- Politics Yolanda Díaz is already launching to dispute the vote to Sánchez in his goodbye to Podemos: "president", ex of the PSOE and positivism
- Politics The document from which SUMA(R) was born 10 years ago: the same actors and a failure
On the day after the announcement of her candidacy for the general elections, Yolanda Díaz has placed in Podemos the responsibility of having "stayed out" of the photo of Magariños, where fifteen parties did come to wrap the second vice president of the Government. "Many political formations that today compete with each other knew how to rise to the occasion. Whoever is not there should explain it to the country, "he said on TVE. He went on to affirm that the conflict with Podemos is not due to the configuration of the lists, to the primaries, but to other hidden "interests": "I am not going to reveal them."
The candidate does not retreat. If the act of Sumar already looked bad for Podemos, the conclusion is that it was even worse. Yolanda Díaz flies without "tutelage" or "debts" – (in)direct darts to Iglesias. He made no explicit reference to the purple party in his speech, nor any gesture of recognition or that could be read as an outstretched hand. On the contrary, it proclaimed its independence to lead the space to the left of the left, even challenging the PSOE.
The novelty of Sunday was not her burial of Podemos, a confirmation, but that "I want to be the first president of Spain" that points to Pedro Sánchez, her guarantor in the motion of censure. Díaz had the support of a former PSOE deputy, trans activist, Carla Antonelli, who recently left those acronyms; he saw among his guests a former secretary general of CCOO who was a deputy of the PSOE, Antonio Gutiérrez, and was received by a celebrity, Jorge Javier Vázquez, who campaigned with Ángel Gabilondo in the Madrid elections of 2021.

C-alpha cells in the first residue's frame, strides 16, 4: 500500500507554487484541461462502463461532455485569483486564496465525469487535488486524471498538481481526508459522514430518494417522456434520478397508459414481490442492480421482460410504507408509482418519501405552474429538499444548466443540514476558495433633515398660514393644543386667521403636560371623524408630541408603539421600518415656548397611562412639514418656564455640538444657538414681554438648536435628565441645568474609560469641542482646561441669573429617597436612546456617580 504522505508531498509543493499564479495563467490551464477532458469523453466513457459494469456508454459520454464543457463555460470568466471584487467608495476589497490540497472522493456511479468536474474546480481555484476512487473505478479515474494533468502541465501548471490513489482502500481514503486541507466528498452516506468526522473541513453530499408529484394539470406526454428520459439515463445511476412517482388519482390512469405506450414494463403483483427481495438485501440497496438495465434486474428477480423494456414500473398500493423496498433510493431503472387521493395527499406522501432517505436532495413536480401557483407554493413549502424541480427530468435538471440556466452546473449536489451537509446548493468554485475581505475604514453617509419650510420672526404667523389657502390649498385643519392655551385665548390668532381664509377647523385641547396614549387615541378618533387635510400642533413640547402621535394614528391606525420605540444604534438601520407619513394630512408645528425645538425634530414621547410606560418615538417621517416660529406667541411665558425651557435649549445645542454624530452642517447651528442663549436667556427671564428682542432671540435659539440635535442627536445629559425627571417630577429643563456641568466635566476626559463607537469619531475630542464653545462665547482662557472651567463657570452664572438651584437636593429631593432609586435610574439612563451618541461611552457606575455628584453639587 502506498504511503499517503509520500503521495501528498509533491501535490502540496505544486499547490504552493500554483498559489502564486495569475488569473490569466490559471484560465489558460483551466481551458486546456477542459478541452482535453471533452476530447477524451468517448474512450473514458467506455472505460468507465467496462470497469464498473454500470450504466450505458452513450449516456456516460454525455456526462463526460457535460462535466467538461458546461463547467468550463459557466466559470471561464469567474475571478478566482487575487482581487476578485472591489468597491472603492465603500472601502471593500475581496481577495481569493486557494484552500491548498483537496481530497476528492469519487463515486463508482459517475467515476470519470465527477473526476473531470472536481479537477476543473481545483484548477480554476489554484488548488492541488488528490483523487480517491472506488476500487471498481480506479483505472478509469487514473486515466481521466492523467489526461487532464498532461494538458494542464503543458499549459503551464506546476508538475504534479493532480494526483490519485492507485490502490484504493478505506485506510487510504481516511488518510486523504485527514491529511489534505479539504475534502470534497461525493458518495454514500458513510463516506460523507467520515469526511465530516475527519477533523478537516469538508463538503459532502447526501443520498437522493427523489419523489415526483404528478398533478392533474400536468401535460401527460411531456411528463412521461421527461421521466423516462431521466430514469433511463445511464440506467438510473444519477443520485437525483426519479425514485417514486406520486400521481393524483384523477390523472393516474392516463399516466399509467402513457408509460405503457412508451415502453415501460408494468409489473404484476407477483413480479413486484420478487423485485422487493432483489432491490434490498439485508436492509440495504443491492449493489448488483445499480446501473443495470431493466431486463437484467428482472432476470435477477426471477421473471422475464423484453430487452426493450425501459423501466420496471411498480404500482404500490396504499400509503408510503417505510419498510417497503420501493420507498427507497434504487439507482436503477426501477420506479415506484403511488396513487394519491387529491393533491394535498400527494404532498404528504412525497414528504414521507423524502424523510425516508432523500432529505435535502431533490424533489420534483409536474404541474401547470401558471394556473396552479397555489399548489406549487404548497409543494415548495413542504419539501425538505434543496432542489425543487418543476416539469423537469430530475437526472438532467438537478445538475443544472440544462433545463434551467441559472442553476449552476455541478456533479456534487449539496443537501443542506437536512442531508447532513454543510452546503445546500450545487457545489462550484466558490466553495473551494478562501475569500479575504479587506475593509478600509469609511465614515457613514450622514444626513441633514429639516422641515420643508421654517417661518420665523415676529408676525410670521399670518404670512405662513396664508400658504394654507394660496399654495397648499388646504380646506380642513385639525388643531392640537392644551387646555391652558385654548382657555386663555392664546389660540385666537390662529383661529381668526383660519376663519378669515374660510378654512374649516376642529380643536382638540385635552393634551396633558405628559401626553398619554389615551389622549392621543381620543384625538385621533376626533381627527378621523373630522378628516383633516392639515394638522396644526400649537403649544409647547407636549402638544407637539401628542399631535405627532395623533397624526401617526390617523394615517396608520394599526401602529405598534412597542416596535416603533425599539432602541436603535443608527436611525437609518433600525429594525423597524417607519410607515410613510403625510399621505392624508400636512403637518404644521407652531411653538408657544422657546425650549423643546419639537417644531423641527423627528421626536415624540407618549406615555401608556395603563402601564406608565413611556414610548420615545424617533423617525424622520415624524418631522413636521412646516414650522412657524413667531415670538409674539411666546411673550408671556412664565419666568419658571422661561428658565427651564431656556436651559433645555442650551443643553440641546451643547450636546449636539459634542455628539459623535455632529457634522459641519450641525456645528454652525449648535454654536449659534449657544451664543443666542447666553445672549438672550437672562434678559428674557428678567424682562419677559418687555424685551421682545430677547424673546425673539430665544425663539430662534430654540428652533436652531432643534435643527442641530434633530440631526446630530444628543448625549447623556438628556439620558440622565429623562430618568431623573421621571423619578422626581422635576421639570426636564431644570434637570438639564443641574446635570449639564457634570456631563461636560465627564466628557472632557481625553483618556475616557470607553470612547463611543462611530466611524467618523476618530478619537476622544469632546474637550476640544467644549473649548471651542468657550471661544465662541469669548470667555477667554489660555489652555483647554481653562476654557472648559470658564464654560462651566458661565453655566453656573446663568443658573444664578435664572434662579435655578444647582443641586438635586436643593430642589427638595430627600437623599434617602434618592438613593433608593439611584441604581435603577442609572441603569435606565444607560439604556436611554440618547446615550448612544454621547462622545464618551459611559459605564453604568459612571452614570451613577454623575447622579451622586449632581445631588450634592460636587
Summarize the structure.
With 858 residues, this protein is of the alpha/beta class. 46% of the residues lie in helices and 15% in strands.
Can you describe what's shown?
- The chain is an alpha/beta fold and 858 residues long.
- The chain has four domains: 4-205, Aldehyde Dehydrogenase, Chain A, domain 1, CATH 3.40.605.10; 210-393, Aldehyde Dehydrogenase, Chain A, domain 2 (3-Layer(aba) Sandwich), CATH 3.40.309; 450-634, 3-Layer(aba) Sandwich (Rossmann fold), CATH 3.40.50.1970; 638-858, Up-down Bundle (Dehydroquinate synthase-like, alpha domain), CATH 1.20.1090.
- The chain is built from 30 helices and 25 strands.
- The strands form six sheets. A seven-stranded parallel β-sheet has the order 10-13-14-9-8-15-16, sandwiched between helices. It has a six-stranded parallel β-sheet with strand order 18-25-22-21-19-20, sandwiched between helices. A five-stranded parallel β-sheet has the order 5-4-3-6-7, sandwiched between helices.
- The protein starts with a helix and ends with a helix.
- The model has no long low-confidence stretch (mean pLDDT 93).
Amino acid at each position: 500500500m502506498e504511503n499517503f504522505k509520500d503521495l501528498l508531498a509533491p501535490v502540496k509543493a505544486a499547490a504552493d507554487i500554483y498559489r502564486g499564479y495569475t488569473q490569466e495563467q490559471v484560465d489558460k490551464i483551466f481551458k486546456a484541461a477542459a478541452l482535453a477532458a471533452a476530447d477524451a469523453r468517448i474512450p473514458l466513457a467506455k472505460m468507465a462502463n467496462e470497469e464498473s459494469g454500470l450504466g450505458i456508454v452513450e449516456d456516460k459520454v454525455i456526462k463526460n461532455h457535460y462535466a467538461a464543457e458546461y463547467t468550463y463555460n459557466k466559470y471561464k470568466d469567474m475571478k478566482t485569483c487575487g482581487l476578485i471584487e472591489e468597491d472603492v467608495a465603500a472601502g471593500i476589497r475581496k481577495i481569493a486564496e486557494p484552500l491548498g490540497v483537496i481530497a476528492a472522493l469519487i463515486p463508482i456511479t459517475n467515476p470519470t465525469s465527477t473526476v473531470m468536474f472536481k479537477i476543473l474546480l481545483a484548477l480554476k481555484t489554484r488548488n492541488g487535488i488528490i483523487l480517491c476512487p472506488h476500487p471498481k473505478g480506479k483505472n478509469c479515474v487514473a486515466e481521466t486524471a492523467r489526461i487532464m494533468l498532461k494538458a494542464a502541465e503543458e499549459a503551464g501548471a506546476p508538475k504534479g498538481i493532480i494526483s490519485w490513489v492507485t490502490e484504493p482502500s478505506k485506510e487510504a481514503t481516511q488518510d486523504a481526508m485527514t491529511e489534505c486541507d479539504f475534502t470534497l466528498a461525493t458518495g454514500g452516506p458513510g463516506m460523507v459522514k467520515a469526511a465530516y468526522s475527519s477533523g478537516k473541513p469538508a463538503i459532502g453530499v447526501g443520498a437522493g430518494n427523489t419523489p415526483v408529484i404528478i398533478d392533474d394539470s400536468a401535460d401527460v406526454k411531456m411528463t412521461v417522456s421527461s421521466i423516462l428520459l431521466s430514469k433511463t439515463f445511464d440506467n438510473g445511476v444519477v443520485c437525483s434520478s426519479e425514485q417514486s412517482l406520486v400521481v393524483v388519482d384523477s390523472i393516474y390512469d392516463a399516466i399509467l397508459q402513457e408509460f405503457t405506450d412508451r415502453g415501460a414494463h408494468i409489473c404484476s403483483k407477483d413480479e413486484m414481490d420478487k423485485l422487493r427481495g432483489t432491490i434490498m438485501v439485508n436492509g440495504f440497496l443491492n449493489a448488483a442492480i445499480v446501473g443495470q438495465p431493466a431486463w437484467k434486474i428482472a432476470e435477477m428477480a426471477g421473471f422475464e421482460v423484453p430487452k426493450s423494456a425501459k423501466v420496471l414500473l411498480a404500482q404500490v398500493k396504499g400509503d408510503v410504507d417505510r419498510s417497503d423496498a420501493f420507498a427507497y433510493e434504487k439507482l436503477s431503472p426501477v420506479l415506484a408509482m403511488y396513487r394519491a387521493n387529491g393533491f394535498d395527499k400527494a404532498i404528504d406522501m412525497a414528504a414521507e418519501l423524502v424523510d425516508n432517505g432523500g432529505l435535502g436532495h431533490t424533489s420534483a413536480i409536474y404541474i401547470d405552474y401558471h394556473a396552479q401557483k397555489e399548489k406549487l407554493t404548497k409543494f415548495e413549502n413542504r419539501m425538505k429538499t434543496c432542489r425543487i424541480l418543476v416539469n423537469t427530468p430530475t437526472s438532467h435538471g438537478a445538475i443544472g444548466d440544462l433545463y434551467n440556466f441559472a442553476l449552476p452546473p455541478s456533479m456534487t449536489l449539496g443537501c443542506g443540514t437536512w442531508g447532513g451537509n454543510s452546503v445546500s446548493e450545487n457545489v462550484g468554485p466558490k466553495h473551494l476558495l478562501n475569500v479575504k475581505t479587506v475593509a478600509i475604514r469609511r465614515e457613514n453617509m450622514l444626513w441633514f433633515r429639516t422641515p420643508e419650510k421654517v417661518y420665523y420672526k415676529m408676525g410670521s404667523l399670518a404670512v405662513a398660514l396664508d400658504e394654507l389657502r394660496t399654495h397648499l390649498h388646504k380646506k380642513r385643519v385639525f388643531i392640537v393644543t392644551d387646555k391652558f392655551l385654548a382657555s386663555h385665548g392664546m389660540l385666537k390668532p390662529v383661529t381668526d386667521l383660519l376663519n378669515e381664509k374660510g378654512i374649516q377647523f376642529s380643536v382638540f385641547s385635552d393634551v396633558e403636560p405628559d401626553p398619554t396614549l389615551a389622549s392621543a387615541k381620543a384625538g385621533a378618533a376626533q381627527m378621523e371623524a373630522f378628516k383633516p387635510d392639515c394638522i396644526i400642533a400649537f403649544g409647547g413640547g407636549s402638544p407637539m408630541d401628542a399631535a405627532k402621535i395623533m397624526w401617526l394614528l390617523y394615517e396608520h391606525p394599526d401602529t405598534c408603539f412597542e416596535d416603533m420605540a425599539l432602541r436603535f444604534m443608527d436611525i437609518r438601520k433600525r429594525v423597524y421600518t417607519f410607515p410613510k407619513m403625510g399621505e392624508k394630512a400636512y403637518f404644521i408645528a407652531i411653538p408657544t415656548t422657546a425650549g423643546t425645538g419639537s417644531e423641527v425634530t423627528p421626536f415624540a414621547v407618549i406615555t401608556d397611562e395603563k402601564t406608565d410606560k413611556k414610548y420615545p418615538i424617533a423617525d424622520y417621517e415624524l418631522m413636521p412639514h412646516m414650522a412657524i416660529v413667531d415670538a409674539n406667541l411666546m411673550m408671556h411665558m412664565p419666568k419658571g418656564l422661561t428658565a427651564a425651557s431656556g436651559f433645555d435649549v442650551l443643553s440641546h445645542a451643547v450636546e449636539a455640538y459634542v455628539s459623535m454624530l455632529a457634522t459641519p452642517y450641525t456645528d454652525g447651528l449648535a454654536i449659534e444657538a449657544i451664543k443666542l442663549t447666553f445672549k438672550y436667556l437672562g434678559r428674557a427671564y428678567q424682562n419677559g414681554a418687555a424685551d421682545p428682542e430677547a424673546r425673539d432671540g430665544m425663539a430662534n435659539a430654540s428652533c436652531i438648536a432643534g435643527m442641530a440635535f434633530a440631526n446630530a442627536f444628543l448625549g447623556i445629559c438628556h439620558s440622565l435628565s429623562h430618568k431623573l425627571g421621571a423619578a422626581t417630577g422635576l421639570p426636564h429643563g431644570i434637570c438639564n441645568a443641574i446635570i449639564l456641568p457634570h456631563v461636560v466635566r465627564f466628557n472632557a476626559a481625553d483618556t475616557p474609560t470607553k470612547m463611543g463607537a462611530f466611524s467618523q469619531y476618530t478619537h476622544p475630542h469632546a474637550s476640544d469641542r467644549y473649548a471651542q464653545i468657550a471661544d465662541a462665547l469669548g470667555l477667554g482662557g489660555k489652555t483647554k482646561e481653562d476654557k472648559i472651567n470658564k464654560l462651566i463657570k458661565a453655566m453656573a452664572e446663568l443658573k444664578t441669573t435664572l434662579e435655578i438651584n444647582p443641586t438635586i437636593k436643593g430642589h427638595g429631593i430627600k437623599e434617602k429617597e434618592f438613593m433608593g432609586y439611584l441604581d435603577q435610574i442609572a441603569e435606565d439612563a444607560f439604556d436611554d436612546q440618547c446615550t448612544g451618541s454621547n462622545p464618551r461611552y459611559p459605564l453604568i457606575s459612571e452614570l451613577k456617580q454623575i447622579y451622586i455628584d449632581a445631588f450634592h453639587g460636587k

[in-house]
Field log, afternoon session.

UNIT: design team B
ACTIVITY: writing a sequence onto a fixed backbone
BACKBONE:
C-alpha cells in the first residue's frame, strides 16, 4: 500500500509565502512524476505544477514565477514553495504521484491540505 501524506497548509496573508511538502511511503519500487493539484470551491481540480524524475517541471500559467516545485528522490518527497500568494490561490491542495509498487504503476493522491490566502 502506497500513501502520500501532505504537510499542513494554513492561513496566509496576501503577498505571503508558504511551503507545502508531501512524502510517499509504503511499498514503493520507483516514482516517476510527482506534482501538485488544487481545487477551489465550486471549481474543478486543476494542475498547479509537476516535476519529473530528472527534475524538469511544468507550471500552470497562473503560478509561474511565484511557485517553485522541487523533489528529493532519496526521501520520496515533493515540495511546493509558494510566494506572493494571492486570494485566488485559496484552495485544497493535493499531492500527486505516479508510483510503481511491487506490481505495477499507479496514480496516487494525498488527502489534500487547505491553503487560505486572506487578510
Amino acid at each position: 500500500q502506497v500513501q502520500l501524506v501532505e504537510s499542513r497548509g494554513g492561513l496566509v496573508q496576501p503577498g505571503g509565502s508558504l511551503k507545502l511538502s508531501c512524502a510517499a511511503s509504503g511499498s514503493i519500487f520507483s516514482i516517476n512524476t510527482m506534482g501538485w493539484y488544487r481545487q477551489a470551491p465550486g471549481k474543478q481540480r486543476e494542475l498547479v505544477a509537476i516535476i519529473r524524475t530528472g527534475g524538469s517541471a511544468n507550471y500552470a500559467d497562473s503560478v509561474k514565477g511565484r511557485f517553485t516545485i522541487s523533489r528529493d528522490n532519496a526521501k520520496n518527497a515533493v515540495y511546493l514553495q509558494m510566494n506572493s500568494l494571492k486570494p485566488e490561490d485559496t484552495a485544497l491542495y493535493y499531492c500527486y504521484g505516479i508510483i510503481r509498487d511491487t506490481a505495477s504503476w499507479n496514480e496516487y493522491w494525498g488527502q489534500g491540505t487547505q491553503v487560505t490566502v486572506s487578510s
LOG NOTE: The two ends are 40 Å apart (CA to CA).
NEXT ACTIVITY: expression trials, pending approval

On Díaz, socialist sources warned from this newspaper, a week ago: "His speech does not differ practically from that made by the president, it is a risky bet to join the fate of the PSOE to his figure. Remember what happened with Manuela Carmena, it was played to promote a person well seen by the left, and that weakened the Socialists in Madrid. That alert was a confirmation yesterday, along with the free takeoff of Podemos.
He barely left an isolated message of concord in a purple key: "There are many people to add" and "we are going to join all of them." In contrast, he overwhelmed the leaders present in affection and offered his moment of acclamation to candidates such as Mónica García and Rita Maestre, of Más Madrid, and Joan Ribó, of Compromís, who will compete against Podemos, and also against the PSOE, of course, in the May elections.
Podemos was not only cornered. He saw how the greatest reference of that political space, at its media peak, complimented three rivals with a campaign tone. Those gestures, cheered, infuriated Podemos. Juan Carlos Monedero: "She is a minister of Unidas Podemos and has campaigned for parties that compete against Unidas Podemos. That's noise. Thunderous." The party officially opted for silence. No comment.